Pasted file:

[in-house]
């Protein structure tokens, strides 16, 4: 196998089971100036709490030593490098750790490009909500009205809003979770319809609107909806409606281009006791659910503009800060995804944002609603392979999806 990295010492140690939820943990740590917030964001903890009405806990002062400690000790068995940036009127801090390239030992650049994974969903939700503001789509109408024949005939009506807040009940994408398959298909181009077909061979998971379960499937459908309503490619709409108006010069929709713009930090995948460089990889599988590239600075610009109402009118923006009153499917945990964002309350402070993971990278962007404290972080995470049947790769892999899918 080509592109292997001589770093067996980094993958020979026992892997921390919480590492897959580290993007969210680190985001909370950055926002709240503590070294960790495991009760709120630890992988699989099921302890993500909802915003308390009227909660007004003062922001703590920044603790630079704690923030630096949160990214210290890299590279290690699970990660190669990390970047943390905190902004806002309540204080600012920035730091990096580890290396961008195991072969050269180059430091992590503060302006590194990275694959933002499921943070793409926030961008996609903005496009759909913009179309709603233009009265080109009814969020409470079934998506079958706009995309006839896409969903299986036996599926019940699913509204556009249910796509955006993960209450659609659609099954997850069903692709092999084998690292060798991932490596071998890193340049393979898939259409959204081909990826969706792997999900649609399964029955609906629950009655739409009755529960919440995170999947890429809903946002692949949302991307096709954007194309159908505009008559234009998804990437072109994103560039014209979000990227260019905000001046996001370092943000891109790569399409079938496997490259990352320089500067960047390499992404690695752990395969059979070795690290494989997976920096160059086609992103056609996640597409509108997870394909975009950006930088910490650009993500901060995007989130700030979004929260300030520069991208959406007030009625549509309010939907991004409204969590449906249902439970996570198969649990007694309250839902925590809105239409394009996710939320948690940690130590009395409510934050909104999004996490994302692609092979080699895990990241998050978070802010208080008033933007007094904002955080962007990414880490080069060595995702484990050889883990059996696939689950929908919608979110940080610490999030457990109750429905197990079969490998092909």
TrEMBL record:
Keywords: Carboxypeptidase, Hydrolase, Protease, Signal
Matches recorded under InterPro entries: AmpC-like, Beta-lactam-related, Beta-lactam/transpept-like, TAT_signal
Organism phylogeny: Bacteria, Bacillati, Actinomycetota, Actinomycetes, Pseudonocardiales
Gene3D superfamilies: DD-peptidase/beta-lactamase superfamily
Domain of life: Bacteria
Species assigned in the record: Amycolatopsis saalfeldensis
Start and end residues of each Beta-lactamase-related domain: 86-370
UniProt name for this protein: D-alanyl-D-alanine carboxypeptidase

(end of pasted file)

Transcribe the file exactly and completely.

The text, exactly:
[in-house]
């Protein structure tokens, strides 16, 4: 196998089971100036709490030593490098750790490009909500009205809003979770319809609107909806409606281009006791659910503009800060995804944002609603392979999806 990295010492140690939820943990740590917030964001903890009405806990002062400690000790068995940036009127801090390239030992650049994974969903939700503001789509109408024949005939009506807040009940994408398959298909181009077909061979998971379960499937459908309503490619709409108006010069929709713009930090995948460089990889599988590239600075610009109402009118923006009153499917945990964002309350402070993971990278962007404290972080995470049947790769892999899918 080509592109292997001589770093067996980094993958020979026992892997921390919480590492897959580290993007969210680190985001909370950055926002709240503590070294960790495991009760709120630890992988699989099921302890993500909802915003308390009227909660007004003062922001703590920044603790630079704690923030630096949160990214210290890299590279290690699970990660190669990390970047943390905190902004806002309540204080600012920035730091990096580890290396961008195991072969050269180059430091992590503060302006590194990275694959933002499921943070793409926030961008996609903005496009759909913009179309709603233009009265080109009814969020409470079934998506079958706009995309006839896409969903299986036996599926019940699913509204556009249910796509955006993960209450659609659609099954997850069903692709092999084998690292060798991932490596071998890193340049393979898939259409959204081909990826969706792997999900649609399964029955609906629950009655739409009755529960919440995170999947890429809903946002692949949302991307096709954007194309159908505009008559234009998804990437072109994103560039014209979000990227260019905000001046996001370092943000891109790569399409079938496997490259990352320089500067960047390499992404690695752990395969059979070795690290494989997976920096160059086609992103056609996640597409509108997870394909975009950006930088910490650009993500901060995007989130700030979004929260300030520069991208959406007030009625549509309010939907991004409204969590449906249902439970996570198969649990007694309250839902925590809105239409394009996710939320948690940690130590009395409510934050909104999004996490994302692609092979080699895990990241998050978070802010208080008033933007007094904002955080962007990414880490080069060595995702484990050889883990059996696939689950929908919608979110940080610490999030457990109750429905197990079969490998092909």
TrEMBL record:
Keywords: Carboxypeptidase, Hydrolase, Protease, Signal
Matches recorded under InterPro entries: AmpC-like, Beta-lactam-related, Beta-lactam/transpept-like, TAT_signal
Organism phylogeny: Bacteria, Bacillati, Actinomycetota, Actinomycetes, Pseudonocardiales
Gene3D superfamilies: DD-peptidase/beta-lactamase superfamily
Domain of life: Bacteria
Species assigned in the record: Amycolatopsis saalfeldensis
Start and end residues of each Beta-lactamase-related domain: 86-370
UniProt name for this protein: D-alanyl-D-alanine carboxypeptidase